The hyper-incarceration statistics for African-American males are much worse. We incarcerate one in nine African-Americans between the ages of 20 and 34.[10] In 2003, it was calculated that “At current levels of incarceration newborn black males in this country have a greater than a 1 in 4 chance of going to prison during their lifetimes, while Hispanic males have a 1 in 6 chance, and white males have a 1 in 23 chance of serving time.”[11] By 2007, just four years later, the U.S. Department of Justice estimated that African-American males have a 32% chance of going to prison or jail – becoming slaves – in their lifetimes.[12] Young black male high school dropouts are almost 50 times more likely to wind up behind bars than the average American, and 60% of that demographic cohort eventually goes to prison.[13]

“Prison costs are blowing holes in state budgets but barely making a dent in recidivism rates.”[14] The total cost exceeded $49,000,000,000.00 in 2007, and fairly recent figures show a national per prisoner operating cost of $23,876.00 per year.[15] One study pegged the total costs at over 60 billion dollars.[16] Costs are still rising, taking ever-larger shares of state general funds and crowding out other priorities.[17] “The national inmate count marches onward and upward, almost exactly as it was projected to do last year. And with one in 100 adults looking out at this country from behind an expensive wall of bars, the potential for new approaches cannot be ignored.”[18] Forward thinking criminologists, recognizing the lack of good answers in penology, actively seek new evidence-based techniques from other disciplines.[19] The State of California pays $49,000 per prisoner per year according to its governor at mid-year 2009, who also said the national average is now $32,000 per prisoner per year.[20] With more inmates serving life-without-parole and longer sentences, incarceration costs continually increase due to rising health-care expenses for older convicts.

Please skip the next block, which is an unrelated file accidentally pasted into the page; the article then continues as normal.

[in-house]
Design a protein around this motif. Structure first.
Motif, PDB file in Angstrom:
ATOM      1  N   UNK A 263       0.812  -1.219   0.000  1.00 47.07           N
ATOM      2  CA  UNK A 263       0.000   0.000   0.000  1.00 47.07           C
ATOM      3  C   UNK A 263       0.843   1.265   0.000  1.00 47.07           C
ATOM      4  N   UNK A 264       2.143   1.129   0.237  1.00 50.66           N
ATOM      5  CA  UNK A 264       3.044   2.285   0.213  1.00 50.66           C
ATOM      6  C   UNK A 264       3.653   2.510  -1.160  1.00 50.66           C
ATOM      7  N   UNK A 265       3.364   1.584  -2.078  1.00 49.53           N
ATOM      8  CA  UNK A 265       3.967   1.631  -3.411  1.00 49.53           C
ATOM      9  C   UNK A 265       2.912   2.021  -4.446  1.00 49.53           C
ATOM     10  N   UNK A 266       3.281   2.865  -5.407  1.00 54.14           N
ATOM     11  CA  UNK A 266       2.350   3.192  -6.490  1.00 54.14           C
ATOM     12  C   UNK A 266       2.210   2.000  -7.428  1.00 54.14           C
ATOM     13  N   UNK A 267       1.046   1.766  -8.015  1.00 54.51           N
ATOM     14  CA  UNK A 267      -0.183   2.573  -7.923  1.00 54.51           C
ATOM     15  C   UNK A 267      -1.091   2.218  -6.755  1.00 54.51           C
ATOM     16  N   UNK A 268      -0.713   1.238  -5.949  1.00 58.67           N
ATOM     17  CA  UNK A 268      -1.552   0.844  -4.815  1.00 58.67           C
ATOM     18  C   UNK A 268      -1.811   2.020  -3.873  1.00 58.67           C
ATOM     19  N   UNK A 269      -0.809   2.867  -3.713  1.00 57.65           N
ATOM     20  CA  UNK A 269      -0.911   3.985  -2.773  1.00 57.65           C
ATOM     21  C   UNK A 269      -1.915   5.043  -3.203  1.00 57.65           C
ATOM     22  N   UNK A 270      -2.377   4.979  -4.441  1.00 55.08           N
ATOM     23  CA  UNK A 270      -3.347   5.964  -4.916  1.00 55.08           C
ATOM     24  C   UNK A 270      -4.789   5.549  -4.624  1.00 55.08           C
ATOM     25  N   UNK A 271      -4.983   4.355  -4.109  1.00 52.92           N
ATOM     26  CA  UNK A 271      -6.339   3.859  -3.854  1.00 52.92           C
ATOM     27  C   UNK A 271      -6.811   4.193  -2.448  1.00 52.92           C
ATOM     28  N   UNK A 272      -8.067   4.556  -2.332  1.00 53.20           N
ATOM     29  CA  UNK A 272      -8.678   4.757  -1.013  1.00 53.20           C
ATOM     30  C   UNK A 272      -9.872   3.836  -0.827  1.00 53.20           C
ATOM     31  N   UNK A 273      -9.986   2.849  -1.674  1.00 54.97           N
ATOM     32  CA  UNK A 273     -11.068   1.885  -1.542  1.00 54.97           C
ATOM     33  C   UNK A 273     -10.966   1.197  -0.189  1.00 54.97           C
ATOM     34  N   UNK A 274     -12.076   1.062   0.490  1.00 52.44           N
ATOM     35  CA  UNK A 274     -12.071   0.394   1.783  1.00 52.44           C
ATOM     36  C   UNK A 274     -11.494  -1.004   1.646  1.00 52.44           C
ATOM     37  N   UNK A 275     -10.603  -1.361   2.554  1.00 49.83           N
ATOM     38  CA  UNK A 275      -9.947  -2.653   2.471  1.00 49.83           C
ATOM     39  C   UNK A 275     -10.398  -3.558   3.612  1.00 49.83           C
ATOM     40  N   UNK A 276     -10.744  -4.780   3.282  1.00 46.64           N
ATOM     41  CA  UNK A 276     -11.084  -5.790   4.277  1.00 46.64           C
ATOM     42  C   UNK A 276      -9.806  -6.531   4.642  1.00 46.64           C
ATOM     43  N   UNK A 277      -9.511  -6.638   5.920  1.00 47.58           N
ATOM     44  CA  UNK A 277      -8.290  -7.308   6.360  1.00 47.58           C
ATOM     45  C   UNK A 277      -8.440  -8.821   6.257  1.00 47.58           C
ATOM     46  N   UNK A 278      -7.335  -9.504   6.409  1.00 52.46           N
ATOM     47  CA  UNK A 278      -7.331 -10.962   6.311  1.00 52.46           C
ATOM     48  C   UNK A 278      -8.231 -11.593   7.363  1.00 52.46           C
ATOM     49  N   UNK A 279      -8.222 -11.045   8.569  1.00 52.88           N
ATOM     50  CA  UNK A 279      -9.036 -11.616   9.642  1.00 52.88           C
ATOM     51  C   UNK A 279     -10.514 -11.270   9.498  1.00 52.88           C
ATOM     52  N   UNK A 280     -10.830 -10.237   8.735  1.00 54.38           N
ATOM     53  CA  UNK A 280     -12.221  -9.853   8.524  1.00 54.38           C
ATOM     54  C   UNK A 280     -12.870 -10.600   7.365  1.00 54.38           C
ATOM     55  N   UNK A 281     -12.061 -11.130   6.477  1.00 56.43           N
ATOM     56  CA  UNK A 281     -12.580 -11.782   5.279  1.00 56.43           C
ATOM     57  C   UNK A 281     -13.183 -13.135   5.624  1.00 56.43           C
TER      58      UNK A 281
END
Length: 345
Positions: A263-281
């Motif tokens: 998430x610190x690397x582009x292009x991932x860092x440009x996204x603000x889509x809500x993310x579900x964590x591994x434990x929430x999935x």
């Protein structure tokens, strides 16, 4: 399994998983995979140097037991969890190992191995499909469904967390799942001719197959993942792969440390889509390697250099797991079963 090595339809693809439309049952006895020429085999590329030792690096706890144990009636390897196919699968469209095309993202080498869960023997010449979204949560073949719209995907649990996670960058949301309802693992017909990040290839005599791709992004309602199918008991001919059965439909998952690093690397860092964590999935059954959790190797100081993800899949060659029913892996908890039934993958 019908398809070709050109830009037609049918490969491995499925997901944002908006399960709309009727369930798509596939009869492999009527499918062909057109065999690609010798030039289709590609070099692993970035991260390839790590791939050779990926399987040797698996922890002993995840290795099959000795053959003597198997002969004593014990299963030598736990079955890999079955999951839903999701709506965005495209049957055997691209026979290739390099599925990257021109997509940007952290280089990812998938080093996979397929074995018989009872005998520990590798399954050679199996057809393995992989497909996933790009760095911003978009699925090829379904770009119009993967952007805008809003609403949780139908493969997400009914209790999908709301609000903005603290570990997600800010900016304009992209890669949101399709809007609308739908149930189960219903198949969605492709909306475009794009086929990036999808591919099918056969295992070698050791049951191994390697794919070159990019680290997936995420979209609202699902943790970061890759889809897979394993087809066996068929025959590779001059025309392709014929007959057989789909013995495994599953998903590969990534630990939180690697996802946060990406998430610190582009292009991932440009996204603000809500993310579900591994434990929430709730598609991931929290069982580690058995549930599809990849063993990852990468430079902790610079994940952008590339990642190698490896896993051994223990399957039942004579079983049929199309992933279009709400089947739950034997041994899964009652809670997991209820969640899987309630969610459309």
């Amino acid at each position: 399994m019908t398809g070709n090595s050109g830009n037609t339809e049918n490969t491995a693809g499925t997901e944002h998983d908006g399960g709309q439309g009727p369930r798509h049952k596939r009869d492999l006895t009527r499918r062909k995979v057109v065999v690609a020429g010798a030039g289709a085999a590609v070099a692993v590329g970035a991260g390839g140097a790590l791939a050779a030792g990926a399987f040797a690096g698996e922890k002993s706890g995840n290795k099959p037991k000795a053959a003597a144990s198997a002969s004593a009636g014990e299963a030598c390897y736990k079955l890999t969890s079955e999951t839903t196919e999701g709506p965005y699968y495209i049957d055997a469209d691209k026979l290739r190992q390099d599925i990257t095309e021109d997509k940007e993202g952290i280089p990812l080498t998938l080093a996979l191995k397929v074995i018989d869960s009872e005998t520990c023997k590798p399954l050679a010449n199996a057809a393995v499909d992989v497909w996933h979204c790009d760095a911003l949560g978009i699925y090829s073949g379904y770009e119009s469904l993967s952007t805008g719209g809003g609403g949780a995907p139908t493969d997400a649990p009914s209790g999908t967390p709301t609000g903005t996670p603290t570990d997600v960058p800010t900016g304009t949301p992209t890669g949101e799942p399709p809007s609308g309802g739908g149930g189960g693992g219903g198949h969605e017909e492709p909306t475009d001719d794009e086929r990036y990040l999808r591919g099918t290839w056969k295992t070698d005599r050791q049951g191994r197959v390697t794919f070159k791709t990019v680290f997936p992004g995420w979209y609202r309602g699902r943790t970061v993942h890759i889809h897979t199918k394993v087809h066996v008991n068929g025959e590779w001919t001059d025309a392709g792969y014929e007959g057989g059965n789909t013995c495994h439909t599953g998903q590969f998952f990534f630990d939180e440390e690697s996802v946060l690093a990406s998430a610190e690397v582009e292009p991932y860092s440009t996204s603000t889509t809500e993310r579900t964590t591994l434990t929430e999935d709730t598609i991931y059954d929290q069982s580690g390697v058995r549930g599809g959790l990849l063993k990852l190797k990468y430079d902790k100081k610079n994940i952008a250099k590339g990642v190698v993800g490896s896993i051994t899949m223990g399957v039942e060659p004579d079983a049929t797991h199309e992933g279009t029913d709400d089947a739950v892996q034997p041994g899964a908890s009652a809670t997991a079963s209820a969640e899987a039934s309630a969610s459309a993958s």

Read the rest and the notes here.

Obama and Bureau of Prisons Lowball Supermax Costs

How much does it cost society to pay for a locked down prison, as there are a few of these in Nevada? Is it really necessary? Would other, more positive and constructive measures not be much better and payable for society? Jobs in prisons, education, proper health care, better food, creating possibilities to build up a career on release?

Apart from the financial aspect: is it ethical to warehouse people, to store them in cages, some ´til they die? Is it ethical to be a revengeful society? Should we not concentrate on healing wounds and making sure tragedy does not strike again? What about warehousing people who are wrongfully convicted? Who are mentally ill? The court system being clogged up because of the wrongs in the prisons?

Hereby an article by the people of SolitaryWatch:

October 3, 2010
by James Ridgeway and Jean Casella

In response to questions at his September 10 press conference, President Obama spoke about his failure to fulfill his clear campaign promise to close the military prison camp at Guantánamo Bay, Cuba. He blamed fear and “political rhetoric” for blocking his plan to move Gitmo detainees to prisons in on U.S. soil. In the course of discussing Guantánamo, Obama said: